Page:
Some of the positive cases were women above 40 years of age and had been referred to Techiman for diagnosis to determine the preferred treatment plan for them.
Madam Evelyn Osei-Amoah, Oncology Nurse Specialist at TTH, spoke to the GNA about the effects of non-availability of the mammography machine at TTH and the entire four regions in the north, saying “You will write the request for the patients and it can take a patient about three months to bring the results.”
Madam Osei-Amoah said “You can’t blame the patient because she is now going to look for lorry fare to travel to Techiman and go and pay for the test also. So, there are some of them, we write for them and they won’t even do it. So, it is a huge challenge.”
She added that “When it comes to us screening our women, when we get there, we are a bit stuck and even at the breast clinic, when a woman comes above that age complaining of pain, complaining of uneasiness in the breast, what at all are you going to do? Are you just going to use a needle to prick trying to find out where? If we have the mammography machine, a patient could have done that test and it would have been of help to us. So that is a very huge challenge to us.”
She appealed to well-meaning organisations and individuals to support, by purchasing the machine for the TTH to help in providing quality care for cancer patients above the age of 40 years.
Recently, the government added breast cancer care to diseases covered by the National Health Insurance Scheme in a bid to remove the cost barrier and make treatment accessible and affordable to all women.
However, the non-availability of the mammography machine in the four regions has rather increased the cost of accessing breast cancer care as well as denying treatment for some women especially those 40 years and above.
Dr Anthony Nsiah Asare, Presidential Advisor on Health, whose attention was drawn to the situation, told GNA that he would engage authorities of the TTH to repair its mammography machine to continue to serve people in the region.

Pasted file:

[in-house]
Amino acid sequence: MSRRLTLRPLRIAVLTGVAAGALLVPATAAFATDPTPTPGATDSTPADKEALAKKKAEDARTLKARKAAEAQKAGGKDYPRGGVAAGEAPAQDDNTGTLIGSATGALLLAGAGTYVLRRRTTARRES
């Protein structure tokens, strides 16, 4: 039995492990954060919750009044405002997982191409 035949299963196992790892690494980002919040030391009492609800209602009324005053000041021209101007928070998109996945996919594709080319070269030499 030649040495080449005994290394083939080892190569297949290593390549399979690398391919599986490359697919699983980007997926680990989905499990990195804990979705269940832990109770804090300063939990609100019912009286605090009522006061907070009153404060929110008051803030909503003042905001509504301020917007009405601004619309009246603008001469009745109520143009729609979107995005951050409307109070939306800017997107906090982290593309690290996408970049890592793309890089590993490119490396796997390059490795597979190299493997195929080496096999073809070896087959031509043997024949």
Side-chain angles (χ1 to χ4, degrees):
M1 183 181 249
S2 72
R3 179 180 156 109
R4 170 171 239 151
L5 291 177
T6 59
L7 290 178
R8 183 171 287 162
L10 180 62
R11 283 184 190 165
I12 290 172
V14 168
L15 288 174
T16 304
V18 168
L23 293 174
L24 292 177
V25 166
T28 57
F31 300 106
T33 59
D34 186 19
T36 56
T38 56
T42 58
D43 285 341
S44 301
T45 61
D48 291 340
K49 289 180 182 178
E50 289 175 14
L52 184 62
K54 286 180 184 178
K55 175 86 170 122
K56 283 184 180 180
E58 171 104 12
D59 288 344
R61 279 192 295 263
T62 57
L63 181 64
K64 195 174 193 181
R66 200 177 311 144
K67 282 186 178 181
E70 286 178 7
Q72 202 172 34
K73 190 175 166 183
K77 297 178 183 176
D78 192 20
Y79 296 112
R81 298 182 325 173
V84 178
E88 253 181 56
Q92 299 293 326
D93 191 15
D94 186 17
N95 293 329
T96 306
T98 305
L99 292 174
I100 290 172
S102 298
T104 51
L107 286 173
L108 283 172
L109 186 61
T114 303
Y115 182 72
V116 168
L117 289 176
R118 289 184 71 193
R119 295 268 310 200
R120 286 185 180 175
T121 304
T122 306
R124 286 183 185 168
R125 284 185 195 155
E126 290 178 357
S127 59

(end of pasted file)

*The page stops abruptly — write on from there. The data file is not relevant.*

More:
He said government would ensure that the new regional hospitals to be built in the Upper East, North East and Savannah Regions would be equipped with mammography machines to serve women in those regions.
Early diagnosis remains the cornerstone of breast cancer control. When found early, and if adequate diagnosis and treatment are available, there is a good chance that breast cancer can be cured.
If detected late, however, curative treatment is often no longer an option.
In such cases, treatment may improve quality of life and delay disease progression, while supportive and palliative care should be readily available to relieve suffering for patients and their families.
The majority of women who die from breast cancer live in low- and middle-income countries, where most women are diagnosed in late stages due to a number of factors including; limited awareness on the part of members of the public and health care providers, and the lack of access to timely, affordable and effective diagnosis and treatment.
Women above age 40 in the northern part of the country cannot continue to wait for hospitals, which are yet to be started, to be completed before they can have access to diagnostics and treatment for breast cancer.
In the meantime, government should procure mammography machines and train specialists to man them at district hospitals to provide adequate care for women, who require such services as the country awaits the construction of the new regional hospitals.